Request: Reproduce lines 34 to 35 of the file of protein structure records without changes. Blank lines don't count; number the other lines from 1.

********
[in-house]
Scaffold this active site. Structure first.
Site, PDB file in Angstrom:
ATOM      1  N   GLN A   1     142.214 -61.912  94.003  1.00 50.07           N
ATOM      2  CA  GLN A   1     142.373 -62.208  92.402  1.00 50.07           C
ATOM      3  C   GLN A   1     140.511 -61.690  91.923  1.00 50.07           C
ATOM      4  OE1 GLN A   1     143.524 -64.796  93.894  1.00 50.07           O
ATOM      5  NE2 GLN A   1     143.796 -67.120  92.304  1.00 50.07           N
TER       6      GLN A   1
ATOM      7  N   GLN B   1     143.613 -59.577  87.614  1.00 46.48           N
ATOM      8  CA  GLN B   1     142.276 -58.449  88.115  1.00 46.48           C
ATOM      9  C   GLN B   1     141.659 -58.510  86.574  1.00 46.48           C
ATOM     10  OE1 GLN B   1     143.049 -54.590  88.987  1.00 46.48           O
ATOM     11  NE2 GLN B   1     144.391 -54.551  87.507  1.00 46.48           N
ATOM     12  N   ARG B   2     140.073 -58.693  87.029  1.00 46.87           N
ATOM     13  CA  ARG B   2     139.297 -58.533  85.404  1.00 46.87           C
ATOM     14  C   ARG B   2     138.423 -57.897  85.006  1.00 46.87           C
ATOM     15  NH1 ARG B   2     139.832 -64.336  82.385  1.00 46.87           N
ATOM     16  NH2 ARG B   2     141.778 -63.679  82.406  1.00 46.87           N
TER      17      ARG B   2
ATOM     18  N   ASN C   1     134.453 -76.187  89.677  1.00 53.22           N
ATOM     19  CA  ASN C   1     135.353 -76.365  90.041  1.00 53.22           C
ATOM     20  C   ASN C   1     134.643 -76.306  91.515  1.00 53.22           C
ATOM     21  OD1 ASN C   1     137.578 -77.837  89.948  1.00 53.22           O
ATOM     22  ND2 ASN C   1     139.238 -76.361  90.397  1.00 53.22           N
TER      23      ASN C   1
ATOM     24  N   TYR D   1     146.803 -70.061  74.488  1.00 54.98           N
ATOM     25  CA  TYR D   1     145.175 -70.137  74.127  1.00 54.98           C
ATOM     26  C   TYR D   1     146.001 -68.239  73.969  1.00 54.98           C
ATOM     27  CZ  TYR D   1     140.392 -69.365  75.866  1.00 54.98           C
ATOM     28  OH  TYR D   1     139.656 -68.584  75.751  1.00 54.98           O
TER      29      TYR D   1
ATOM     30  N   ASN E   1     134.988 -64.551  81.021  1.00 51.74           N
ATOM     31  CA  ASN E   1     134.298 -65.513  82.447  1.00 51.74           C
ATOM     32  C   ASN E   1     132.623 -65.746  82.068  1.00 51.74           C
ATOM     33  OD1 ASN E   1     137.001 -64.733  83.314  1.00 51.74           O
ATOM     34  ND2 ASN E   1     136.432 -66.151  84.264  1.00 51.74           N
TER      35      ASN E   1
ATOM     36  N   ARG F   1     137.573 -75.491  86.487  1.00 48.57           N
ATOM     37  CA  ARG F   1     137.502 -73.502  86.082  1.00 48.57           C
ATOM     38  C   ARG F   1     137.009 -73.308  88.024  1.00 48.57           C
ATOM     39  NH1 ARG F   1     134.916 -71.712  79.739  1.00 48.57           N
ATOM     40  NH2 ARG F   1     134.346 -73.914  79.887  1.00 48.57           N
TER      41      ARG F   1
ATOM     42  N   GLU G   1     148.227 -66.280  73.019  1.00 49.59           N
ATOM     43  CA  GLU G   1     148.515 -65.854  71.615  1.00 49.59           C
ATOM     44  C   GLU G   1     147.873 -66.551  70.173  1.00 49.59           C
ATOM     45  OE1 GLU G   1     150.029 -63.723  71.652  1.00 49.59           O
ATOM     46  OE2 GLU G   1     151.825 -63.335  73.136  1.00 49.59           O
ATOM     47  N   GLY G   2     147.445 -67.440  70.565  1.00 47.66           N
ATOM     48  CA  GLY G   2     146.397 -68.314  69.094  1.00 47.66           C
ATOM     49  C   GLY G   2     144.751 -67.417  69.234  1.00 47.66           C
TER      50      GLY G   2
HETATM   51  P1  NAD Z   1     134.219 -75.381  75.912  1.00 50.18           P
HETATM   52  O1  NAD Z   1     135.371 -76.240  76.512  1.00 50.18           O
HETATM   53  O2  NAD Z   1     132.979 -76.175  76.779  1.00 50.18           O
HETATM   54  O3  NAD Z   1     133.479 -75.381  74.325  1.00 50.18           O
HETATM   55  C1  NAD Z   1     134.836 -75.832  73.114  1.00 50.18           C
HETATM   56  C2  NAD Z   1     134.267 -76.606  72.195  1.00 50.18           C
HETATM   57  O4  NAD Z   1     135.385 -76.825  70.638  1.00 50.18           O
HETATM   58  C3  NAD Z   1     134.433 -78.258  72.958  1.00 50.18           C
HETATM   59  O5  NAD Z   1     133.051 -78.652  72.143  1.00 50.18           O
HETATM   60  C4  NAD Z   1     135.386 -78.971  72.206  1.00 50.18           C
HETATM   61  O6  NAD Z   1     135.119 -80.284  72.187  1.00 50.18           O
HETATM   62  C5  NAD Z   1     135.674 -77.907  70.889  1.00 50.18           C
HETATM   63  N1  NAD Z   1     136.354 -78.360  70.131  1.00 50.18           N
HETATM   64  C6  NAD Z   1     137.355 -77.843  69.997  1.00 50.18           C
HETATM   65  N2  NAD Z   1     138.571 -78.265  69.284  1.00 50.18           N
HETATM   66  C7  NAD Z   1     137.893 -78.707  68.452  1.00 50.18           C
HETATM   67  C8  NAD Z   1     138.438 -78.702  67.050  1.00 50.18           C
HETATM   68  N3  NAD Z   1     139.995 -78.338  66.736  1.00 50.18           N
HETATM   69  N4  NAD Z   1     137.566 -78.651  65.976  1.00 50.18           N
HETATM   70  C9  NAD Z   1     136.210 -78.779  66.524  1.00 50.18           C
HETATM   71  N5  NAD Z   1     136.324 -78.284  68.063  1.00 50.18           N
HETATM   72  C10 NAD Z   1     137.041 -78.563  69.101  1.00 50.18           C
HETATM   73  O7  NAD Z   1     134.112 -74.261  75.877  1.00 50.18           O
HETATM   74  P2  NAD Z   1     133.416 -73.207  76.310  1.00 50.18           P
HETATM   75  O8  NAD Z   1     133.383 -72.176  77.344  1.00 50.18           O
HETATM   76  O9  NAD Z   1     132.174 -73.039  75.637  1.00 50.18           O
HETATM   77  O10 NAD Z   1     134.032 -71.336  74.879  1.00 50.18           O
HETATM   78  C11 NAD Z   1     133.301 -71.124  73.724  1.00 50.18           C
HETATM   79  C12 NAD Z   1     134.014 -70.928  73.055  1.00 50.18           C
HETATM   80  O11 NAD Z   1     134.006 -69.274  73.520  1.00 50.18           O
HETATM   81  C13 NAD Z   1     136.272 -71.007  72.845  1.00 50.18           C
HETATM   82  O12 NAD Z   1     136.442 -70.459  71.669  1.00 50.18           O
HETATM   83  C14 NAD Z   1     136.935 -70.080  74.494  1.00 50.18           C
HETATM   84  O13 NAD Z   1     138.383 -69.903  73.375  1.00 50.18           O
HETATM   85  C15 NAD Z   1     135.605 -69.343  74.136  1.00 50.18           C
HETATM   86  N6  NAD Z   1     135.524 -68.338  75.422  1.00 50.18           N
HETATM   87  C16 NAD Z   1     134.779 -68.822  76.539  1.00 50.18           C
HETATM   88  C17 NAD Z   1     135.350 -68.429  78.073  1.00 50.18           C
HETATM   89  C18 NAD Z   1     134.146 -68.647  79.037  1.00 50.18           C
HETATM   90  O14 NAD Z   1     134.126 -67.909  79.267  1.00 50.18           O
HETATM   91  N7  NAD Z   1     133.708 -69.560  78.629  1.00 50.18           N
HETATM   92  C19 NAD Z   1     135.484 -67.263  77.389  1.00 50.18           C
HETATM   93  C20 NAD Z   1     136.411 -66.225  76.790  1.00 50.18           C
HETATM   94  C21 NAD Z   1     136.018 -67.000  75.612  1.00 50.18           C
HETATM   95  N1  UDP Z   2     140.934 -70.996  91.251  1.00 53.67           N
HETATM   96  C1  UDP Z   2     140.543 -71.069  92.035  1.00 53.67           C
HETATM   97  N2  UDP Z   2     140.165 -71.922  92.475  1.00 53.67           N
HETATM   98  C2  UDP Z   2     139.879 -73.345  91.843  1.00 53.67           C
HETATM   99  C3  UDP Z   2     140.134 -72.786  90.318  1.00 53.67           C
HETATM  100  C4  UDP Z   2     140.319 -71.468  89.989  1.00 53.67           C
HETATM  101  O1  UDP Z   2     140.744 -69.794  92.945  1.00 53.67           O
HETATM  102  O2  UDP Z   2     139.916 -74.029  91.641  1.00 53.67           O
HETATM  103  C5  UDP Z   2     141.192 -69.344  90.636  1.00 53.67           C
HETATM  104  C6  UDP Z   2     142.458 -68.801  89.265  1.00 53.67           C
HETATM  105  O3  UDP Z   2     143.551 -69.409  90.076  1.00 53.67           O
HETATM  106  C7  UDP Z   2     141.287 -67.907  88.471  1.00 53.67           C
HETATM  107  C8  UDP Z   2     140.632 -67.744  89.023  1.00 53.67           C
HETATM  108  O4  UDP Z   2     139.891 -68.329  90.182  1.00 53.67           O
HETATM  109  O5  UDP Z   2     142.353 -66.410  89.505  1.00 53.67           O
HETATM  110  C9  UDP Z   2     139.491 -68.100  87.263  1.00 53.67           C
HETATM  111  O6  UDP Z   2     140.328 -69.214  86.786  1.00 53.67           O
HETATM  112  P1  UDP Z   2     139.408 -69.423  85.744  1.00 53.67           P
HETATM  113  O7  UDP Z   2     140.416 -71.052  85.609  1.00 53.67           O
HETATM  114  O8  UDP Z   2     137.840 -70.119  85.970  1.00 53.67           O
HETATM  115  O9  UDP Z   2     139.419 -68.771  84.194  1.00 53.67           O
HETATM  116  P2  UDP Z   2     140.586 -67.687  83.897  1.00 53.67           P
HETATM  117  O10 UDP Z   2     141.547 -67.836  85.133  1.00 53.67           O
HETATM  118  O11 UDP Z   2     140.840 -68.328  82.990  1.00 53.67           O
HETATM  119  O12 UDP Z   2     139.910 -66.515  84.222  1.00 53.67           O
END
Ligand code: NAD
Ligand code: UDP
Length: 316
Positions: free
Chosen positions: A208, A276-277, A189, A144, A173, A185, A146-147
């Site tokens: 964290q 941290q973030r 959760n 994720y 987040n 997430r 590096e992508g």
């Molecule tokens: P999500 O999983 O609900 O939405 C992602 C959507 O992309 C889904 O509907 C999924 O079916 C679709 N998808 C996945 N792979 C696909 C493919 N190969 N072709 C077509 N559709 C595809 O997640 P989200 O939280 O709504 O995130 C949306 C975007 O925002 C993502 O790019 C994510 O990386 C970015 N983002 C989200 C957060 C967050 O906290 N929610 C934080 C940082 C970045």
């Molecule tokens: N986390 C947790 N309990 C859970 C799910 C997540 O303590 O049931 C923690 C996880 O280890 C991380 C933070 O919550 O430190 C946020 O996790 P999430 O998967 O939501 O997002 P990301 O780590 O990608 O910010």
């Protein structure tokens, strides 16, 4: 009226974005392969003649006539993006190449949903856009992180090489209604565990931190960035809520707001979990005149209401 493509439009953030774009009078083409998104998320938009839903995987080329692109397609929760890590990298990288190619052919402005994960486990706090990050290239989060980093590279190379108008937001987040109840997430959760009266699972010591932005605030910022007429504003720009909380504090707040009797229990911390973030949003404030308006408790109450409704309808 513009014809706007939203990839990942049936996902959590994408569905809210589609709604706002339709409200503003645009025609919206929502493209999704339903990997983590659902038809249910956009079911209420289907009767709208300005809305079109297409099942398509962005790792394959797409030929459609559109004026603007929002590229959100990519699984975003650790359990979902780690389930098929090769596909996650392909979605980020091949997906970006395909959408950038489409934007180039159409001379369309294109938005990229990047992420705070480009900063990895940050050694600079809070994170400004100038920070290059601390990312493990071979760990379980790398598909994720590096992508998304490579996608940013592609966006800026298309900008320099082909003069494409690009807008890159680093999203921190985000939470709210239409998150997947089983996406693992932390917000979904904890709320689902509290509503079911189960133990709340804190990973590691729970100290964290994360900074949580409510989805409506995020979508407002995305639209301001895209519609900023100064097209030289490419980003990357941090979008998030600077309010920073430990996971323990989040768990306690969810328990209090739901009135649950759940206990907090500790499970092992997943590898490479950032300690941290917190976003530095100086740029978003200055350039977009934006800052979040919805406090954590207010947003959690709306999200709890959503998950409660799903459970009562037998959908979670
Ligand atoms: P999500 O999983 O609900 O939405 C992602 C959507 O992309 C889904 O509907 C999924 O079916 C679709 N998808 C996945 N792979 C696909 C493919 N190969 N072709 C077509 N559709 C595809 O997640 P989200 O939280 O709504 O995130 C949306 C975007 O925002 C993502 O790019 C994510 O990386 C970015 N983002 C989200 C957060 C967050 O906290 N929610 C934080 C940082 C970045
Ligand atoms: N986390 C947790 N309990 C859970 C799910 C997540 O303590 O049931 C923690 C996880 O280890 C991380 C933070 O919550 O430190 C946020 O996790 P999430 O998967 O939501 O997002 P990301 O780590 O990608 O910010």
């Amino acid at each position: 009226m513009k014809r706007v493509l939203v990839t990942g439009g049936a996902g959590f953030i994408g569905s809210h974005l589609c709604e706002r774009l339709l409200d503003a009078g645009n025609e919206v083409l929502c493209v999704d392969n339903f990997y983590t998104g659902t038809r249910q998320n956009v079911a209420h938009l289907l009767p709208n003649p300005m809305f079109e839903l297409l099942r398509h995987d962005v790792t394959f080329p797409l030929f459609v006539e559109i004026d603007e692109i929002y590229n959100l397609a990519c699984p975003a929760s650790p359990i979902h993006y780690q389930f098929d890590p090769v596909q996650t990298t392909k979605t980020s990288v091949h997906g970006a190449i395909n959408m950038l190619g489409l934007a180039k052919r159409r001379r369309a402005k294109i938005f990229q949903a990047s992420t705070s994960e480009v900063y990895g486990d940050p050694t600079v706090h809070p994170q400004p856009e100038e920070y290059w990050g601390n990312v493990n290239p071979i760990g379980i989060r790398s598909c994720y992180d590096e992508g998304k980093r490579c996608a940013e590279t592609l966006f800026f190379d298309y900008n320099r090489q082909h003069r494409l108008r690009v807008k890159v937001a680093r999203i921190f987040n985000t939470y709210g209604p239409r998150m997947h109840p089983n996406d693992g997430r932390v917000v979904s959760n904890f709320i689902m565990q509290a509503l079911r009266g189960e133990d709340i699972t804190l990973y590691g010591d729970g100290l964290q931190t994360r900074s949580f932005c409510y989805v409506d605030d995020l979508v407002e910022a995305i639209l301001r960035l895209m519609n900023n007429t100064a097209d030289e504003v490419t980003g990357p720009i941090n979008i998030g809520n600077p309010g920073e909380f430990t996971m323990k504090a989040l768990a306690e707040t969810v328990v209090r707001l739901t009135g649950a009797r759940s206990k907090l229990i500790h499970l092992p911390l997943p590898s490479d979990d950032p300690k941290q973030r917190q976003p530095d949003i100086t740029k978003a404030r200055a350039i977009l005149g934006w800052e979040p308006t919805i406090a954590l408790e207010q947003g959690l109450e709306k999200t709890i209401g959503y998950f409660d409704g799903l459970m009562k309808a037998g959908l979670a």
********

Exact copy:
ATOM     31  CA  ASN E   1     134.298 -65.513  82.447  1.00 51.74           C
ATOM     32  C   ASN E   1     132.623 -65.746  82.068  1.00 51.74           C